Should Formula 1 introduce a salary cap for drivers?

Image for article titled Should Formula 1 introduce a salary cap for drivers?

Photo: Dan Mulan (Getty Images)

The safety issues surrounding porpoising have been at the forefront of discussions in the Formula 1 paddock, but rumors of a possible driver salary cap have simmered in the background. While the exact details of a salary cap have not emerged, it is speculated that it would be similar to the salary caps of some of North America’s major sports leagues. There would be a strict limit on annual driver salaries with a ban on teams paying drivers through other means such as sponsorship deals.

At the Azerbaijan Grand Prix pre-event press conference, Max Verstappen was asked for his thoughts on the matter. The reigning world champion said:

“From my side, it’s completely wrong because I think that at the moment F1 is becoming more and more popular. And everyone is making more and more money, including the teams, [Formula One Management]. Everybody benefits so why should the drivers with their intellectual property rights and everything be capped, you know who really brings the show and puts their lives on the line because we eventually do.

It’s hard to disagree with Verstappen. Most drivers currently get paid regardless of how much teams think their abilities are worth in the open market. If a team wants to lure a driver with an extremely lucrative contract, that’s their prerogative.

Reports say Mercedes’ Lewis Hamilton and Red Bull’s Max Verstappen are the highest-paid drivers on the grid, with salaries around $40 million a year. At the bottom of the ladder, young drivers from less competitive teams, like Mick Schumacher of Haas and Zhou Guanyu of Alfa Romeo, earn $1 million a year. For comparison, the minimum salary for a freshman player in the National Basketball Association next season is also $1 million.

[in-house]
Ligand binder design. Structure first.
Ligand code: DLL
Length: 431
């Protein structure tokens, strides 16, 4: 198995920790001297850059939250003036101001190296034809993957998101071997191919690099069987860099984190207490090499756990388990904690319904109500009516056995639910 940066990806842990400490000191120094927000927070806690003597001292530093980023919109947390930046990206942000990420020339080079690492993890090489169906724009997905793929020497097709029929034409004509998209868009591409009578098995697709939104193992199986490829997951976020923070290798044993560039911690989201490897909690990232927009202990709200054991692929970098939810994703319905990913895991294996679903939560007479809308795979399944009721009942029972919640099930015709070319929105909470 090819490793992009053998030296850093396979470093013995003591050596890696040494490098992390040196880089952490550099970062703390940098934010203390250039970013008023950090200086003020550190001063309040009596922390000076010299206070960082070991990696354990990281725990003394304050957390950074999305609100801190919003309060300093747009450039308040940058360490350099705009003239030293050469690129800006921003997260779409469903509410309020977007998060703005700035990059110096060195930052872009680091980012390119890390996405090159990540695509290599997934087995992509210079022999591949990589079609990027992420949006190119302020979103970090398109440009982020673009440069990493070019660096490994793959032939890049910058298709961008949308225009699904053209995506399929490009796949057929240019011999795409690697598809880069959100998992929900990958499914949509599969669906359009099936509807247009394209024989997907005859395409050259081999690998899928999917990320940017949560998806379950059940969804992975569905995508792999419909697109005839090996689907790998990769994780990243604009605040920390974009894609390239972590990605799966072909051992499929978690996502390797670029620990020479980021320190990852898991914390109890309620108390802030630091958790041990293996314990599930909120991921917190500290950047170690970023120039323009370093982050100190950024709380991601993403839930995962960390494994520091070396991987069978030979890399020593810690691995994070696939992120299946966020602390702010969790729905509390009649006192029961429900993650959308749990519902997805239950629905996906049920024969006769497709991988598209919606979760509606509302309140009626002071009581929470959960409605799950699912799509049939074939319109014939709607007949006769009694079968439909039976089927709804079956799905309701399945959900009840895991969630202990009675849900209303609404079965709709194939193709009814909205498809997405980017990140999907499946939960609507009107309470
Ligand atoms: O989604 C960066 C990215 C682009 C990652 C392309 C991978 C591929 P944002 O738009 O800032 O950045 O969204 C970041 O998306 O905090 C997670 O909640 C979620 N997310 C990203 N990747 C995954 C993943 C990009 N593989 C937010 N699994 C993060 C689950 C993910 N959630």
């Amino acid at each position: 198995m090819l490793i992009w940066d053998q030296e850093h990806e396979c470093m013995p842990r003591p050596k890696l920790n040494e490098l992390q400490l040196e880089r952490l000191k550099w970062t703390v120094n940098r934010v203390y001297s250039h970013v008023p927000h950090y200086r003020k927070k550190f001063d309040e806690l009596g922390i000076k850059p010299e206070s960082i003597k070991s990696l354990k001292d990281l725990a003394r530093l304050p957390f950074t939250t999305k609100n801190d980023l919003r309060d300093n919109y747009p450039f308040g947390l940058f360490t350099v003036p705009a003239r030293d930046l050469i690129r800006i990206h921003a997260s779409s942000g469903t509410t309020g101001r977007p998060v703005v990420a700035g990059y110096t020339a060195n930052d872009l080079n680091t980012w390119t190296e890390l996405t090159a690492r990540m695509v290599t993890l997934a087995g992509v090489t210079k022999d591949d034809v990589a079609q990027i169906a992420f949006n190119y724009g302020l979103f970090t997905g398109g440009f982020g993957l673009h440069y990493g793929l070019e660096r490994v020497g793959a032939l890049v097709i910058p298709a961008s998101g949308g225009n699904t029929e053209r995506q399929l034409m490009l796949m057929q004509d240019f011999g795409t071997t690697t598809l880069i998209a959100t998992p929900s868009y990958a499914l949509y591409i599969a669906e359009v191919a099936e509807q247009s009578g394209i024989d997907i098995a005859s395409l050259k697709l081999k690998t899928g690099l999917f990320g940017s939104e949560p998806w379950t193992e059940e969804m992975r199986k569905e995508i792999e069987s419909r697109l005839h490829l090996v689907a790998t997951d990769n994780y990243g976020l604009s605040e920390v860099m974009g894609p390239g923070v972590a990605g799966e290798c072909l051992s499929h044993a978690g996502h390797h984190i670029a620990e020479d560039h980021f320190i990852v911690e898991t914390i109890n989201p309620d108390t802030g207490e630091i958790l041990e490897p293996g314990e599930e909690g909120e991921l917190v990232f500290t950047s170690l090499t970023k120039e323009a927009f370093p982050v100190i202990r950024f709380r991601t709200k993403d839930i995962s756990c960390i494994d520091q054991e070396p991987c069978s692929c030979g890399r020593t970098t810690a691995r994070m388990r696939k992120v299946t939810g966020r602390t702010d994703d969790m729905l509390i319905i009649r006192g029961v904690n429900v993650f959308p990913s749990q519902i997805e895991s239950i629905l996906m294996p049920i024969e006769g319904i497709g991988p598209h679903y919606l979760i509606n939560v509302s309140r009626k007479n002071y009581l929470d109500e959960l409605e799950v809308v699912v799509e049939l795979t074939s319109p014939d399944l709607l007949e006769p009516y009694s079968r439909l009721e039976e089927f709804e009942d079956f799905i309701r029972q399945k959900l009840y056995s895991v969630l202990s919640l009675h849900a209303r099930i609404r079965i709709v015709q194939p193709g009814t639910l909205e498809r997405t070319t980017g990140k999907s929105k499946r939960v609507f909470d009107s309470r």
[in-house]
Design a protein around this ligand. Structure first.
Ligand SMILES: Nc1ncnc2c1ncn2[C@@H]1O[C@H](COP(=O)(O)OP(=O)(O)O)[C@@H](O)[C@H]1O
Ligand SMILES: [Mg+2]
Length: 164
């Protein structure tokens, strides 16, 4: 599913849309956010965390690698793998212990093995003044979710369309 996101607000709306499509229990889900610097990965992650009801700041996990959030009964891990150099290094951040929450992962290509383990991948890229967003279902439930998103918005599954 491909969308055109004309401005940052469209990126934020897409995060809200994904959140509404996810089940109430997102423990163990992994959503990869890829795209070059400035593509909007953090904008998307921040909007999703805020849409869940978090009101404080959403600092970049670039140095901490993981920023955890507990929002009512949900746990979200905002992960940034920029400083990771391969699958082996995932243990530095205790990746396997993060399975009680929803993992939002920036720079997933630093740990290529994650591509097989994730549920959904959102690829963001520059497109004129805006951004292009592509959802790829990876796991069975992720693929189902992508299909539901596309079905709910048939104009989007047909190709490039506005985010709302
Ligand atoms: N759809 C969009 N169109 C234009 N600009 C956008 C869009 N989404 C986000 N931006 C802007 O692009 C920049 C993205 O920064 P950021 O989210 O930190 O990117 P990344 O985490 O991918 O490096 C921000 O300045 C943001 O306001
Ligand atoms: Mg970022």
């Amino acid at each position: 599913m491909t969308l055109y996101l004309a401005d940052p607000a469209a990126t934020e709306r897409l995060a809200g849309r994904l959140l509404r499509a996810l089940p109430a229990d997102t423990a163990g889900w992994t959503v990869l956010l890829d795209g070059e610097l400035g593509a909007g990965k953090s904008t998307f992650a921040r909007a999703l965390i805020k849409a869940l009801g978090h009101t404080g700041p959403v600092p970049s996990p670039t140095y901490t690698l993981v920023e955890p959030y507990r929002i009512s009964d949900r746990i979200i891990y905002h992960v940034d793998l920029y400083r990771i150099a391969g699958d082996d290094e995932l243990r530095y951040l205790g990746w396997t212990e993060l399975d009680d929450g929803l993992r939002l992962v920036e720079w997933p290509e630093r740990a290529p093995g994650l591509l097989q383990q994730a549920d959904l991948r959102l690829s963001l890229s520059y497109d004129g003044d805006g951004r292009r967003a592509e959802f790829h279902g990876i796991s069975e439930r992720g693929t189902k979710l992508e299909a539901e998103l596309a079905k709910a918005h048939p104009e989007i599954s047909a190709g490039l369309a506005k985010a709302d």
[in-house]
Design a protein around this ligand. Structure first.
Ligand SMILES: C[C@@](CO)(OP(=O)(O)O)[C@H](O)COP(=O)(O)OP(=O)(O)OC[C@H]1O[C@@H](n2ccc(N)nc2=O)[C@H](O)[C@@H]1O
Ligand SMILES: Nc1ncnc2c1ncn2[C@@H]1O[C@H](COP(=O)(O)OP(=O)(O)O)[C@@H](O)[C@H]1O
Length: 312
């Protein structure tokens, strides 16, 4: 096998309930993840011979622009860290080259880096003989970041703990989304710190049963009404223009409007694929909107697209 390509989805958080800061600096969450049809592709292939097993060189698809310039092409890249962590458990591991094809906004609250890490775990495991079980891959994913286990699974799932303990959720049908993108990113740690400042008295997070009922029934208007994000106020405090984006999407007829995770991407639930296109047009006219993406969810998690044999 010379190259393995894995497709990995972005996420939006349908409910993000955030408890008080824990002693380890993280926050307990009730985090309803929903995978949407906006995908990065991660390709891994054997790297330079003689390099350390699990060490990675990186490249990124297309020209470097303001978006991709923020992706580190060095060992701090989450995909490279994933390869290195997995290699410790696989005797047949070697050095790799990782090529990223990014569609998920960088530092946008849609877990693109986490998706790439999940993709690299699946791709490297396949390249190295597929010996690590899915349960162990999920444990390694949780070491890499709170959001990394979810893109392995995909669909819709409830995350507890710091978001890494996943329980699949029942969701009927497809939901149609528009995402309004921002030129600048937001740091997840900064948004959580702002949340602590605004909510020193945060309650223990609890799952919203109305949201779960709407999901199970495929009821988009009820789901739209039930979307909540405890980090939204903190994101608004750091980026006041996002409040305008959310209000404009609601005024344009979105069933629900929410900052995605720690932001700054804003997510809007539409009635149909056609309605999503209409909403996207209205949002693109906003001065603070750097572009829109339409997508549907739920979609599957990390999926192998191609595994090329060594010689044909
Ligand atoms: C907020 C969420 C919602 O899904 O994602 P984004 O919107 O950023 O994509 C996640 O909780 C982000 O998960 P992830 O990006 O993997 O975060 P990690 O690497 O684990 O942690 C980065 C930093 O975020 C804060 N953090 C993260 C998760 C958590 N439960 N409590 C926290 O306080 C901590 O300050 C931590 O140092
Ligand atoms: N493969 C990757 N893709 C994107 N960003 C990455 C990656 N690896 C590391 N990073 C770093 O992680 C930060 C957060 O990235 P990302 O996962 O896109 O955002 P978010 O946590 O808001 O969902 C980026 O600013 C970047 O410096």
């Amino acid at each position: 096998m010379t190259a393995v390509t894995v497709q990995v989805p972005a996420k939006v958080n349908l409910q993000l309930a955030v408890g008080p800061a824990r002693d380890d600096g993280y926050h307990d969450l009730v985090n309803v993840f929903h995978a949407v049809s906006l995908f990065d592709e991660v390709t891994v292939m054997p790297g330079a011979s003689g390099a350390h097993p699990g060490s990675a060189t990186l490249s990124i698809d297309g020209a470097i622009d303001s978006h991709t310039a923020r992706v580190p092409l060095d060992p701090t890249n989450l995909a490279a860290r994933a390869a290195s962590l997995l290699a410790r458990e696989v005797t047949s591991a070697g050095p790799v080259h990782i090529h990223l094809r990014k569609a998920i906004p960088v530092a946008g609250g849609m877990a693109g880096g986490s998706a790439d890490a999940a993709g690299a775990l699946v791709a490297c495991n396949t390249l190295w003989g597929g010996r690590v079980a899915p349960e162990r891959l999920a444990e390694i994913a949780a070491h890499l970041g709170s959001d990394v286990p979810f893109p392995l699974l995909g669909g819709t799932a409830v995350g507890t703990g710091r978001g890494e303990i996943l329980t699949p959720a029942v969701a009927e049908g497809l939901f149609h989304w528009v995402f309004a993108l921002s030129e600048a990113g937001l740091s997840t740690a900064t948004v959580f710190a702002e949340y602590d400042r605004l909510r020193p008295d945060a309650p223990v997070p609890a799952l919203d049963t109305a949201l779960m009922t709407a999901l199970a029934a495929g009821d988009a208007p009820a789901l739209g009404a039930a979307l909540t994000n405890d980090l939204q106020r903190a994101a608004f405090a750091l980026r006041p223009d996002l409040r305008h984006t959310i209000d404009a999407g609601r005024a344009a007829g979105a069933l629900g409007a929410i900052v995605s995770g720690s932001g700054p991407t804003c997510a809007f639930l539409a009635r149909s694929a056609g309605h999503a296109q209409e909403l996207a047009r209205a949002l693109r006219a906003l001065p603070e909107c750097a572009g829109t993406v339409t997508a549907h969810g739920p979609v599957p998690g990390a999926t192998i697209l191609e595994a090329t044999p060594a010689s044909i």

Alpha Tauri's Yuki Tsunoda during the Canadian Grand Prix weekend

Alpha Tauri’s Yuki Tsunoda during the Canadian Grand Prix weekend
Photo: Peter Fox (Getty Images)

The market for F1 drivers is not really open. The lowest paid driver in the field is Alpha Tauri’s Yuki Tsunoda, earning around $750,000 per season. Red Bull’s driver academy products are often the lowest paid drivers on the grid during their first seasons in Formula 1. The main benefit for F1 teams of operating a driver academy is to have first option on promising talent and dictate the terms of their rookie contract.

While Formula 1 has a spending cap in place to reduce team costs, there are exemptions to the financial regulations. Currently, each team’s two drivers and three highest-paid employees are exempt from the championship’s $140 million cap. The three exempt employees are usually the team manager, sporting director and technical director. Or, to use more common corporate nomenclature, CEO, COO, and CTO. These are the same executives who are considering potentially capping driver salaries.